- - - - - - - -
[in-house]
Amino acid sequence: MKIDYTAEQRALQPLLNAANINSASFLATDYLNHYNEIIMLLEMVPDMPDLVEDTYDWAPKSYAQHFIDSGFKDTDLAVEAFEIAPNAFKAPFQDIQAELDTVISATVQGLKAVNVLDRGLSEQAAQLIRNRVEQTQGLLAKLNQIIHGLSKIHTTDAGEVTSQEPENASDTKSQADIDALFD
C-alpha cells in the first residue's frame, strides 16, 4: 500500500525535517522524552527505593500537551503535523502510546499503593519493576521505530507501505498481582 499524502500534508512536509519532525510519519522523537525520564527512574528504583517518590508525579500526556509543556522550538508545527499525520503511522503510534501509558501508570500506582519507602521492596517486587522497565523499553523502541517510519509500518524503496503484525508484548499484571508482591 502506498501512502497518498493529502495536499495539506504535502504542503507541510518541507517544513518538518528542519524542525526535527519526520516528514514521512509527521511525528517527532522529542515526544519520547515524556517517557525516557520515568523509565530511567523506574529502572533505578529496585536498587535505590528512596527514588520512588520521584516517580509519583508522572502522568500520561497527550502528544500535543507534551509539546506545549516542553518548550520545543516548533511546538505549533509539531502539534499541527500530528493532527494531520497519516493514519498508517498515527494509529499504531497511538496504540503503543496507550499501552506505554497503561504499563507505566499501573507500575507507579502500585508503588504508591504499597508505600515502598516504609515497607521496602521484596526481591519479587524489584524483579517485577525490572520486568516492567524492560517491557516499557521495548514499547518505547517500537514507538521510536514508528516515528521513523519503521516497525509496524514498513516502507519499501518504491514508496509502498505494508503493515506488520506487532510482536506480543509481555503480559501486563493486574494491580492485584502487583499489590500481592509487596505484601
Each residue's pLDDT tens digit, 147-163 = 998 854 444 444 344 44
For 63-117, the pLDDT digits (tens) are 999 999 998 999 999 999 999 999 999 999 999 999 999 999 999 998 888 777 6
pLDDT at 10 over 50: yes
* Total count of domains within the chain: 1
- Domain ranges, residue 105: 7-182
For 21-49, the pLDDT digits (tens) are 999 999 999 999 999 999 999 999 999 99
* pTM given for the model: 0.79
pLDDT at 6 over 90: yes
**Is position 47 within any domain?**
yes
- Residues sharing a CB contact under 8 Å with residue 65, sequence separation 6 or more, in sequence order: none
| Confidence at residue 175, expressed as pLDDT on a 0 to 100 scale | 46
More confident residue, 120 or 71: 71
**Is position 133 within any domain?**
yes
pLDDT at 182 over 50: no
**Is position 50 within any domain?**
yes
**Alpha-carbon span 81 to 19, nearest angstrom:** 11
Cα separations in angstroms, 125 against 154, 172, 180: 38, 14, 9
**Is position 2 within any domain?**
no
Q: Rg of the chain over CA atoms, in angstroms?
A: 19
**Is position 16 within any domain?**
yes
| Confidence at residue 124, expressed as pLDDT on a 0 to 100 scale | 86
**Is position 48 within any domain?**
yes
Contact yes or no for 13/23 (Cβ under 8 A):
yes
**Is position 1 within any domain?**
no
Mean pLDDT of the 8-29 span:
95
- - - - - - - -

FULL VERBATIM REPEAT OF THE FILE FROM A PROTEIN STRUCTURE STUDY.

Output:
[in-house]
Amino acid sequence: MKIDYTAEQRALQPLLNAANINSASFLATDYLNHYNEIIMLLEMVPDMPDLVEDTYDWAPKSYAQHFIDSGFKDTDLAVEAFEIAPNAFKAPFQDIQAELDTVISATVQGLKAVNVLDRGLSEQAAQLIRNRVEQTQGLLAKLNQIIHGLSKIHTTDAGEVTSQEPENASDTKSQADIDALFD
C-alpha cells in the first residue's frame, strides 16, 4: 500500500525535517522524552527505593500537551503535523502510546499503593519493576521505530507501505498481582 499524502500534508512536509519532525510519519522523537525520564527512574528504583517518590508525579500526556509543556522550538508545527499525520503511522503510534501509558501508570500506582519507602521492596517486587522497565523499553523502541517510519509500518524503496503484525508484548499484571508482591 502506498501512502497518498493529502495536499495539506504535502504542503507541510518541507517544513518538518528542519524542525526535527519526520516528514514521512509527521511525528517527532522529542515526544519520547515524556517517557525516557520515568523509565530511567523506574529502572533505578529496585536498587535505590528512596527514588520512588520521584516517580509519583508522572502522568500520561497527550502528544500535543507534551509539546506545549516542553518548550520545543516548533511546538505549533509539531502539534499541527500530528493532527494531520497519516493514519498508517498515527494509529499504531497511538496504540503503543496507550499501552506505554497503561504499563507505566499501573507500575507507579502500585508503588504508591504499597508505600515502598516504609515497607521496602521484596526481591519479587524489584524483579517485577525490572520486568516492567524492560517491557516499557521495548514499547518505547517500537514507538521510536514508528516515528521513523519503521516497525509496524514498513516502507519499501518504491514508496509502498505494508503493515506488520506487532510482536506480543509481555503480559501486563493486574494491580492485584502487583499489590500481592509487596505484601
Each residue's pLDDT tens digit, 147-163 = 998 854 444 444 344 44
For 63-117, the pLDDT digits (tens) are 999 999 998 999 999 999 999 999 999 999 999 999 999 999 999 998 888 777 6
pLDDT at 10 over 50: yes
* Total count of domains within the chain: 1
- Domain ranges, residue 105: 7-182
For 21-49, the pLDDT digits (tens) are 999 999 999 999 999 999 999 999 999 99
* pTM given for the model: 0.79
pLDDT at 6 over 90: yes
**Is position 47 within any domain?**
yes
- Residues sharing a CB contact under 8 Å with residue 65, sequence separation 6 or more, in sequence order: none
| Confidence at residue 175, expressed as pLDDT on a 0 to 100 scale | 46
More confident residue, 120 or 71: 71
**Is position 133 within any domain?**
yes
pLDDT at 182 over 50: no
**Is position 50 within any domain?**
yes
**Alpha-carbon span 81 to 19, nearest angstrom:** 11
Cα separations in angstroms, 125 against 154, 172, 180: 38, 14, 9
**Is position 2 within any domain?**
no
Q: Rg of the chain over CA atoms, in angstroms?
A: 19
**Is position 16 within any domain?**
yes
| Confidence at residue 124, expressed as pLDDT on a 0 to 100 scale | 86
**Is position 48 within any domain?**
yes
Contact yes or no for 13/23 (Cβ under 8 A):
yes
**Is position 1 within any domain?**
no
Mean pLDDT of the 8-29 span:
95